Coming soon to a bookstore near you: Neal Stephenson’s next book! I’ve been waiting with pleasant anticipation since hearing about it earlier in the year and preordered it from Amazon this month.
It’s not necessary to know anything about it. I’ll be at the front of the line for anything new from Neal, no questions asked. However, I was happy to see that Steven Levy wrote a piece about Stephenson and the book for Wired 16.09:
“Novelist Neal Stephenson Once Again Proves He’s King of the Worlds”
Excellent article, although I was disappointed to learn he works for patent troll Nathan Myhrvold at Intellectual Vultures. I’m sure he’s working with interesting people on fascinating projects, but still. These guys are trying to own ideas, which is thoroughly distasteful.
(There are also a couple of videos on the book’s Amazon page of Stephenson talking about the book and reading from it.)
I was first introduced to Stephenson in Snow Crash. Fun book. I hear from so many people that consider this to be the first and last Stephenson book, which I think is sad, since his later books are so much more rewarding. That’s just my humble opinion, of course. It’s understandable to not always follow along with an author. For example: to me, early Larry Niven is the best Niven. Later Niven is a big turnoff.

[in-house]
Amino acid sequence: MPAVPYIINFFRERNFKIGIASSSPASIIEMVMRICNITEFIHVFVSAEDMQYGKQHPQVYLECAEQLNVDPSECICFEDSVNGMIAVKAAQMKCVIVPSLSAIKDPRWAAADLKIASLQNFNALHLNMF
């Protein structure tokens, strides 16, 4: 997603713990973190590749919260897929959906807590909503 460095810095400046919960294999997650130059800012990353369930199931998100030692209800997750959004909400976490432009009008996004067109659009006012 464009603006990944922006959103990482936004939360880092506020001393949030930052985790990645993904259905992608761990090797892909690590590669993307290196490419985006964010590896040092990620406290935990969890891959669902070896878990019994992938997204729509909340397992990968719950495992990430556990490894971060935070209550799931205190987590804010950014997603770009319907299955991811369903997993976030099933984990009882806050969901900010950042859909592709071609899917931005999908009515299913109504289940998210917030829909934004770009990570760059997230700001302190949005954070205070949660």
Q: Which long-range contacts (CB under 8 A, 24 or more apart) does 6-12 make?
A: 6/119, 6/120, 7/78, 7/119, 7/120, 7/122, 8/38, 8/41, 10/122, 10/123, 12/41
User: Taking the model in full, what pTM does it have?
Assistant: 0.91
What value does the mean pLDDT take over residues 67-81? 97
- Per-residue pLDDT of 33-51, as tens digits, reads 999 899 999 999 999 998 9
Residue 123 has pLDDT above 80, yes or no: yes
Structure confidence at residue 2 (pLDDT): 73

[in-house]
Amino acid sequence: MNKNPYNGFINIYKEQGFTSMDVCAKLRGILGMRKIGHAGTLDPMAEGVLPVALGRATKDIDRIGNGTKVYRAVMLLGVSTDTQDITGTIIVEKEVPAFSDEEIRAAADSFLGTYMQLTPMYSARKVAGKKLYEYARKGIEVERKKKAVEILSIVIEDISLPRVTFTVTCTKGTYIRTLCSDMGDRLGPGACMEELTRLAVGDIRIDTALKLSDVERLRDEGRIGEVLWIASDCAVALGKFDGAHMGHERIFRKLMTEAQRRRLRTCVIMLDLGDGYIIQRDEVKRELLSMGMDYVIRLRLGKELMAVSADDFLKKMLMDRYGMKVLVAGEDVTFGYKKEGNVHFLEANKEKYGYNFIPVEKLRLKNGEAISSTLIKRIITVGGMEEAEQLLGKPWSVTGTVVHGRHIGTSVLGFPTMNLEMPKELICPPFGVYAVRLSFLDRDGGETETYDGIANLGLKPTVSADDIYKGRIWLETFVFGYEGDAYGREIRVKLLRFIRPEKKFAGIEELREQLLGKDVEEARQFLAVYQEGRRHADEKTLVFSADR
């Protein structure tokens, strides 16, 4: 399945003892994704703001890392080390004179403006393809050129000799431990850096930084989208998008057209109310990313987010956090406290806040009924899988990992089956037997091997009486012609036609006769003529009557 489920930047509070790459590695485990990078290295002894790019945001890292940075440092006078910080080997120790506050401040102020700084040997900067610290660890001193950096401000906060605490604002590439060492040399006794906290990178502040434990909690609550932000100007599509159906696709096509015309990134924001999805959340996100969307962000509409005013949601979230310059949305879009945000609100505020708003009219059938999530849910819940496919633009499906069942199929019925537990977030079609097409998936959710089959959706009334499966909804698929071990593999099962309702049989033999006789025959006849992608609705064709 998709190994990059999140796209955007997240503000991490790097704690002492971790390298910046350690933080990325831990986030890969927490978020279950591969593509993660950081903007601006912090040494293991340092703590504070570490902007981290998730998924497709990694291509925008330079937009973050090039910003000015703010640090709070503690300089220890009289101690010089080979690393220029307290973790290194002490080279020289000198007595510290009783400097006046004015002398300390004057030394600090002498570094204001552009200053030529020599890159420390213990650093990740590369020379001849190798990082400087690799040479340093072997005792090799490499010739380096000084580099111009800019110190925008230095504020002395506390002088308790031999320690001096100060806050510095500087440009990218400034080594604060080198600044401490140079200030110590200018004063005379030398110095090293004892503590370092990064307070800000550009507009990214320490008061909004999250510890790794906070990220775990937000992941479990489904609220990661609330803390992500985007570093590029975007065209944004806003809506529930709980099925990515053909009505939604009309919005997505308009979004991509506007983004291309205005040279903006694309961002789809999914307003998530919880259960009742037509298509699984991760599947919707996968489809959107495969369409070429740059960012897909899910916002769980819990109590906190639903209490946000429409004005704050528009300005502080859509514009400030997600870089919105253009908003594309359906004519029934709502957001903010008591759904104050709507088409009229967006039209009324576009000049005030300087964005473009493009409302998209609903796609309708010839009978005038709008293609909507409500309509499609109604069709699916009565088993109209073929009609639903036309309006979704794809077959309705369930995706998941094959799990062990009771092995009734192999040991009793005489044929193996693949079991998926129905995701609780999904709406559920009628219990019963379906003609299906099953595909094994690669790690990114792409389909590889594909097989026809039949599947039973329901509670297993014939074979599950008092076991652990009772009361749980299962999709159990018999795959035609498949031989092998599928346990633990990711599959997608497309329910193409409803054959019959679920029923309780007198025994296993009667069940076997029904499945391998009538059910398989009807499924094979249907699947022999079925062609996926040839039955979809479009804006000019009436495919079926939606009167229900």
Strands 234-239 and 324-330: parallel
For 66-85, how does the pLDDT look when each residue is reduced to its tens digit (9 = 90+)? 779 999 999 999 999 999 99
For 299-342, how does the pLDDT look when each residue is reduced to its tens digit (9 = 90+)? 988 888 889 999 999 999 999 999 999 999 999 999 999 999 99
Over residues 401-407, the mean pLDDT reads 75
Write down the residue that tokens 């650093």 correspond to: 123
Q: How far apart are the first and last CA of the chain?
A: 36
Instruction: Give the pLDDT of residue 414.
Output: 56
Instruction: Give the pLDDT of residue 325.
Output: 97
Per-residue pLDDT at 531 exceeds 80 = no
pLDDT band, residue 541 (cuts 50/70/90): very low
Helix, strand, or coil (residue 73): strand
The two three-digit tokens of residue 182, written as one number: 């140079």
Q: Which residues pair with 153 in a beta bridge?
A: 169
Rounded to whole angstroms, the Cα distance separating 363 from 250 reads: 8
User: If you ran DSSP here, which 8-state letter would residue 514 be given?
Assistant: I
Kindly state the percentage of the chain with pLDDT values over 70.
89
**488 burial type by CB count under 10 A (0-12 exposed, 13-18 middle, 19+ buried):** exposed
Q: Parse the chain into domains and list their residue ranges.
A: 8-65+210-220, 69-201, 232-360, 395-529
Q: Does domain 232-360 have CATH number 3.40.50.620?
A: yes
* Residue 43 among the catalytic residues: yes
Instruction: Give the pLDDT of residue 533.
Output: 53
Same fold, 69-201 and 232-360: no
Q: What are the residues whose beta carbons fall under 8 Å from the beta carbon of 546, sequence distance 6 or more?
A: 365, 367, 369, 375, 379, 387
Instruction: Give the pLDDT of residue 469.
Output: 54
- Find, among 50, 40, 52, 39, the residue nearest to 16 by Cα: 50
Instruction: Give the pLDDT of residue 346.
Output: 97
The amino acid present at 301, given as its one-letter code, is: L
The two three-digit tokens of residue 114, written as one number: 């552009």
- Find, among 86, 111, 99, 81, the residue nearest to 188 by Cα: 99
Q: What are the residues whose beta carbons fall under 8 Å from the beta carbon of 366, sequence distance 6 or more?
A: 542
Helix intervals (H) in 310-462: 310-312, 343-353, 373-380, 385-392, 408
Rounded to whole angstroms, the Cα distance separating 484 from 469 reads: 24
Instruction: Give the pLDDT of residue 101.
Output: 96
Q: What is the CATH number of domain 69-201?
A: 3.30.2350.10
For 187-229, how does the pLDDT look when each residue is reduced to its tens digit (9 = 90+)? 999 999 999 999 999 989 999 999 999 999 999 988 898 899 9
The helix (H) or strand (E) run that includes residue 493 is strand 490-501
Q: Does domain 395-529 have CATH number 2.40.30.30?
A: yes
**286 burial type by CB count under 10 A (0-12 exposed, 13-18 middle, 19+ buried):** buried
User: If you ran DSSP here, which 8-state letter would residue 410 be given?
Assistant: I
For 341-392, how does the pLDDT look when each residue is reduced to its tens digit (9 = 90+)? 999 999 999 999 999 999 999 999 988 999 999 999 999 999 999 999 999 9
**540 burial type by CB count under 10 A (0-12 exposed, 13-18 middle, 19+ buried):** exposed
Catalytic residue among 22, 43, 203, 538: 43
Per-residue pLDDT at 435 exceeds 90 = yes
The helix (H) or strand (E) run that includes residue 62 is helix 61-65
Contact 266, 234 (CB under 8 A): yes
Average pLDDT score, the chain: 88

I liked the first half of Diamond Age very much, but thought the second half sputtered.
I was thoroughly blown away by Cryptonomicon. A joy to read. One of those books I was sad to see the end coming, because I didn’t want to leave its world. People will complain that it rambles and should have been edited down to a tight 300-page book, but they’re crazy. Random digressions are one of its key features.
With the 3,000 page Baroque Cycle, I ran aground for a while. I got bogged down about 400 pages into the first volume: Quicksilver. I put the book down for over a year, disappointed that the author of Cryptonomicon could have followed up with such a clunker. Then, for reasons that escape me now, I picked it up again, and am so thankful that I did. Having read the whole thing, I gained a huge amount of trust in Mr. Stephenson. He can really tell a story. By the end of Quicksilver, I was as immersed in it as much as I had been in Cryptonomicon, and I still had the next two volumes to look forward to. It felt a little bit like living through the era of the books: late seventeenth and early eighteenth century Europe. Experiencing the times for myself.
I read Zodiac, but don’t remember it well. I thought I enjoyed it at the time. I suspect I didn’t really “get” it. And there is his first, The Big U, which I didn’t finish.
You may have noticed that my comments about his previous books amount to little more than “I liked it!” or “I didn’t like it as much as the others.” What are the books about?, you may wonder. That’s what the Amazon book reviews are for. People there do a much better and worse job of reviewing books than me.